I really enjoy attending my national associations annual conference. Every year I peruse the exhibits, passing by some booths, and stopping at others. I pick up some written material (new product info, or nutrition profiles) and also pick up some of the actual product samples. Not only do these serve as mid-morning snacks, but I get to sample products to determine if they are something I want to buy or recommend.

For the past couple of years there has been a few association members who are questioning the corporations who sponsor both the meeting and partner with the organization. Sponsorship is not an issue to me. Yes, I feel there should be thoughtful and open discussion about sponsorship guidelines, but I still contend that for a “food and nutrition” association, food companies (even those that some like to call “big food”) have a place there.

I am not a member of the group formed within the past year called “Dietitians for Professional Integrity” (DFPI). Certainly this is not because I don’t have professional integrity, I do, and practice under the guidance of my association’s code of ethics. I always disclose when I am writing, speaking, or otherwise working for or representing a company or client. Some registered dietitians have “signed on” with DFPI not really knowing what they are signing on for. I have seen the group act in ways that is the opposite of integrity, and I frankly don’t support their methods of communication (bashing industry, one-sided “unhealthy” call outs to company’s such as Pepsico or McDonalds, and questioning dietitians who work for food companies or corporations).

DFPI’s stance is that there are some food companies (“Big Food”) or food associations (“Big Ag”) that have no place at all partnering with our food and nutrition association. While their focus seems to be in the interest of public health, they ignore the fact that 1.) The public consumes these foods, and 2.) a large percentage of our membership works in the food business, not the health business. And, that it is a business. Anyone who has ever attempted to organize a large community or professional event of any kind certainly knows that sponsorship is critical. The money to support the event or meeting has to come from companies or businesses who have an interest in your organization. In our case, food companies certainly have an interest.

It will be a slippery slope to eliminate a few sponsors, but keep the rest. On what grounds will a small organic company that makes fake “fruit and veggie snacks” be okay to have in the exhibit hall, but a large chocolate company, not be okay (even though we know that people do indeed enjoy eating chocolate, and there may be some health benefit to the flavonoids within it). Companies have a right to get their own fact-based information out there.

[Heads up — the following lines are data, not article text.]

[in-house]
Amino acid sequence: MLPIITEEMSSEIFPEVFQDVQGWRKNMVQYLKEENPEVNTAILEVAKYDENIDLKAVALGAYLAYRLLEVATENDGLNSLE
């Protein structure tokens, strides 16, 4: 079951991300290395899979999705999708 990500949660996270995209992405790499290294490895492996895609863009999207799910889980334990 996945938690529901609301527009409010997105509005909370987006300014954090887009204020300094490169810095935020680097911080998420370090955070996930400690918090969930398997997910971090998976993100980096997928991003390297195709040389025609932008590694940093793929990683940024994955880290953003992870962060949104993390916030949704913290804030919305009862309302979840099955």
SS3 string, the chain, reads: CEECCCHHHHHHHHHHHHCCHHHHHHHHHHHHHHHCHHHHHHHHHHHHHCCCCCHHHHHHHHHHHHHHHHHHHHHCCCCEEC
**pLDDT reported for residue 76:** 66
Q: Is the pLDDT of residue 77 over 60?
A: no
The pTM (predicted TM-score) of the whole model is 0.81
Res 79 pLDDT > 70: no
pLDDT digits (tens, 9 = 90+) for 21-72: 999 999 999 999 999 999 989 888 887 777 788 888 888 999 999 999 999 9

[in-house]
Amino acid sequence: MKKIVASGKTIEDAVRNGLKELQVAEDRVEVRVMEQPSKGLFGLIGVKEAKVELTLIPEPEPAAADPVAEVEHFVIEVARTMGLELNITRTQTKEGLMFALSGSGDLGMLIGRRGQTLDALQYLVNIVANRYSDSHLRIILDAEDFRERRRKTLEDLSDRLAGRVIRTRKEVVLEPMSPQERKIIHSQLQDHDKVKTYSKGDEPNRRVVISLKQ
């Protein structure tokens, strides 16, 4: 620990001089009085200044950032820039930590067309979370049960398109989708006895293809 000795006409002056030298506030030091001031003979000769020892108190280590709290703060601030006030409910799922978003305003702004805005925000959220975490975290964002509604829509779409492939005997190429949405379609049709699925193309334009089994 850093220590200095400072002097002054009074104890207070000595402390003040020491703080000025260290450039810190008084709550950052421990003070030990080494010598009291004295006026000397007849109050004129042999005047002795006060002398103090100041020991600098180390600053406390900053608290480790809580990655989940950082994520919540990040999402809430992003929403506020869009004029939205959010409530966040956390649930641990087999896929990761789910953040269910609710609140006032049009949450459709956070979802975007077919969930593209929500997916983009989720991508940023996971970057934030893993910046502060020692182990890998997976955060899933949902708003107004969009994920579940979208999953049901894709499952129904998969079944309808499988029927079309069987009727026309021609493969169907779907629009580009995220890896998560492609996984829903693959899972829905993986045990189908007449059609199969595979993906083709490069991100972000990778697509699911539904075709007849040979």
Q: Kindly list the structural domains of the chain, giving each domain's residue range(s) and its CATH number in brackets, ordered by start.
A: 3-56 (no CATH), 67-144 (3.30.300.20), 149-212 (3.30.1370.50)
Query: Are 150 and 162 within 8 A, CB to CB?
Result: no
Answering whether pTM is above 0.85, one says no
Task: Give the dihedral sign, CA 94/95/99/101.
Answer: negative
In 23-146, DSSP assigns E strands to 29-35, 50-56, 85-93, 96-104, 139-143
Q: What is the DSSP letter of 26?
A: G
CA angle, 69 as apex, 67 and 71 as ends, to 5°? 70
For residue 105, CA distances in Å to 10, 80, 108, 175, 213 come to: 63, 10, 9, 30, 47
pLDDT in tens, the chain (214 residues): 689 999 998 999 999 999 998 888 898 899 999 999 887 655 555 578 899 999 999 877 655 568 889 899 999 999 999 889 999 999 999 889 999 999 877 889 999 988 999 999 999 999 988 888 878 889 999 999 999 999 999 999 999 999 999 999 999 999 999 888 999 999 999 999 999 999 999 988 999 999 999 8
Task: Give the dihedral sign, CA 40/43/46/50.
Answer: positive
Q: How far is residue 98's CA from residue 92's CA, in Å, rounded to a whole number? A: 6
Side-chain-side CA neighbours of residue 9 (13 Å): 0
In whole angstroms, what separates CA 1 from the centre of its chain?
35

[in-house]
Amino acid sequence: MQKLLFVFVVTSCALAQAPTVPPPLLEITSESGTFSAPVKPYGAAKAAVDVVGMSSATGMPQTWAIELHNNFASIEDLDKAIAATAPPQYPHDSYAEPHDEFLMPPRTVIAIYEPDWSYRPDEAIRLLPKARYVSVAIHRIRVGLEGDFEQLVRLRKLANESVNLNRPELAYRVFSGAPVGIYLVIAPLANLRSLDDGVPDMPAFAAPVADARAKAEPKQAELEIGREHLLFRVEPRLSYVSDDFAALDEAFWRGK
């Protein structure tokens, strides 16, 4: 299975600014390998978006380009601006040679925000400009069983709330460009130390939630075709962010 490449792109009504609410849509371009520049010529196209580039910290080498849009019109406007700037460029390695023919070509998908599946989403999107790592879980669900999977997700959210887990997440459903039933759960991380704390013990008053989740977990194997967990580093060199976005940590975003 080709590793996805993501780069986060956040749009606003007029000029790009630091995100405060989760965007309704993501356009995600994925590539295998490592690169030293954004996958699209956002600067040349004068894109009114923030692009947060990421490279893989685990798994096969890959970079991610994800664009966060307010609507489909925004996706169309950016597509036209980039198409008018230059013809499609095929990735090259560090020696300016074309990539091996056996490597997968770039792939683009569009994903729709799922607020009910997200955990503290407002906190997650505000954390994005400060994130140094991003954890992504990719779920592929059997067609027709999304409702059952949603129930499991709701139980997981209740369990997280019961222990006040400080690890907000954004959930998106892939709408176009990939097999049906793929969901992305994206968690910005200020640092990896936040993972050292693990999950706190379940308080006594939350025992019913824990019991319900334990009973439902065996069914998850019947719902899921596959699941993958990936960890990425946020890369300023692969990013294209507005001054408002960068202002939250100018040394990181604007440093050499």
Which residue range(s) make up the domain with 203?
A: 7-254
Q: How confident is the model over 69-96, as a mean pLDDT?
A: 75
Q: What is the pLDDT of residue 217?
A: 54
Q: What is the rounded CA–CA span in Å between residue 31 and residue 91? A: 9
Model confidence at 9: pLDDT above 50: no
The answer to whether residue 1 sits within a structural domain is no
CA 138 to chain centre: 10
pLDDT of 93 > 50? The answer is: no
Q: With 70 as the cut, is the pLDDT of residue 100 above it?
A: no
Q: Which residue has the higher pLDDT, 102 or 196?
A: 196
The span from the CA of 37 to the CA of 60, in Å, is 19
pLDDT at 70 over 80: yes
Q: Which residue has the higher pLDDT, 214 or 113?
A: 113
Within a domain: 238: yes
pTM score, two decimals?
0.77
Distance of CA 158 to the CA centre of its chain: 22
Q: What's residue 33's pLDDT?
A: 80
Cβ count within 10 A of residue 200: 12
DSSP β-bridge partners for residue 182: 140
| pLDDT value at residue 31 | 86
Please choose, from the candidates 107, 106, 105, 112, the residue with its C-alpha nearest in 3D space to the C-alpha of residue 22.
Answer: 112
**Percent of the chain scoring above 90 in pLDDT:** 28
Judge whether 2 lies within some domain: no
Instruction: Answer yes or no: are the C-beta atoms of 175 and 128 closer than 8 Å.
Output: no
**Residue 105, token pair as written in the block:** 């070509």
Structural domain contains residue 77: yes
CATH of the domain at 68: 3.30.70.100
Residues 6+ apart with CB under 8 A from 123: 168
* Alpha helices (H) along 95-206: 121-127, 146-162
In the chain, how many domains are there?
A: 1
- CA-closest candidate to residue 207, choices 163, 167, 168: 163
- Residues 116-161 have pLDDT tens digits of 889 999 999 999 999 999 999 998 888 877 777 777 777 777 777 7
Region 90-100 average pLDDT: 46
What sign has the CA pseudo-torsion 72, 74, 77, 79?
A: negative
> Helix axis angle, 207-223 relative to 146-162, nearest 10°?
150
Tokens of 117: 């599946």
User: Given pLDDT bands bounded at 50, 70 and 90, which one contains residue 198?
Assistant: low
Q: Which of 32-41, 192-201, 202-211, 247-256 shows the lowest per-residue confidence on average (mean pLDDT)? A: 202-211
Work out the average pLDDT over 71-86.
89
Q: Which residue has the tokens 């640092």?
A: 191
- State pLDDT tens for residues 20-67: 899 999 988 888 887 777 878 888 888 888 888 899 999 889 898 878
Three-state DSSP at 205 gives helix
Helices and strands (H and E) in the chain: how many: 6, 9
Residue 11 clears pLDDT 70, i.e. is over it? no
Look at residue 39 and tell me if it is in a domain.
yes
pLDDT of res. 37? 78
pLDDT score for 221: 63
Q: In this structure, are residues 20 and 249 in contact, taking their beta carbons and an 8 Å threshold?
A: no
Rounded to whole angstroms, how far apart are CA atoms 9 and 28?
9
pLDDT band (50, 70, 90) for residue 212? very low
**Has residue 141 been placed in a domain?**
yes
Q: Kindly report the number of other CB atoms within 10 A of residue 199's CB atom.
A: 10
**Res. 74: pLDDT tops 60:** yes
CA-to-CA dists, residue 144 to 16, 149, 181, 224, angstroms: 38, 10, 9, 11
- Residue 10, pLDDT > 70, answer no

Real or Fake?

“Eat more whole foods”, is often advocated in the context of a healthy diet which should limit processed, packaged food. Is this “real fruit and veggie snack” an okay processed food to include in the exhibit hall?

This year at FNCE©, I picked up this new packaged snack called Shredz™. They tasted alright, they weren’t spectacular. Sure, they are made from organic fruits and vegetables purees or concentrates (the ingredient list also includes pectin, citric acid and natural flavors – nothing to worry about, but added to create this packaged snack food), but it’s not “real fruits and vegetables” nor is it a “whole food”.

Sure, give them a try if you like, but I still recommend eating real apples and pears, and real carrots. I think there’s a bigger issue with these kinds of snacks being substituted for “real fruit”, as opposed to comparing potato chips to baked potatoes. The chips are clearly a treat, not an intentional substitute for fresh potatoes.

I hope that folks can agree to disagree, and not assume there is one right way to deal with sponsorship. Large national meetings require quite a bit of money to organize, and I enjoy being able to choose to visit various food companies all in one spot while I’m there. It’s my personal choice to choose to purchase food and beverage products, or not. It’s my professional obligation to share the facts about these foods and beverages, and help consumers understand how to limit or include them in a healthy lifestyle.

Let’s not over process it. The fact is, companies are in business to do business and make money. Many also choose to do good (as in donating to foundations or charity) and most respect the input from the registered dietitians on their team who work on nutrition education or product development. Peace.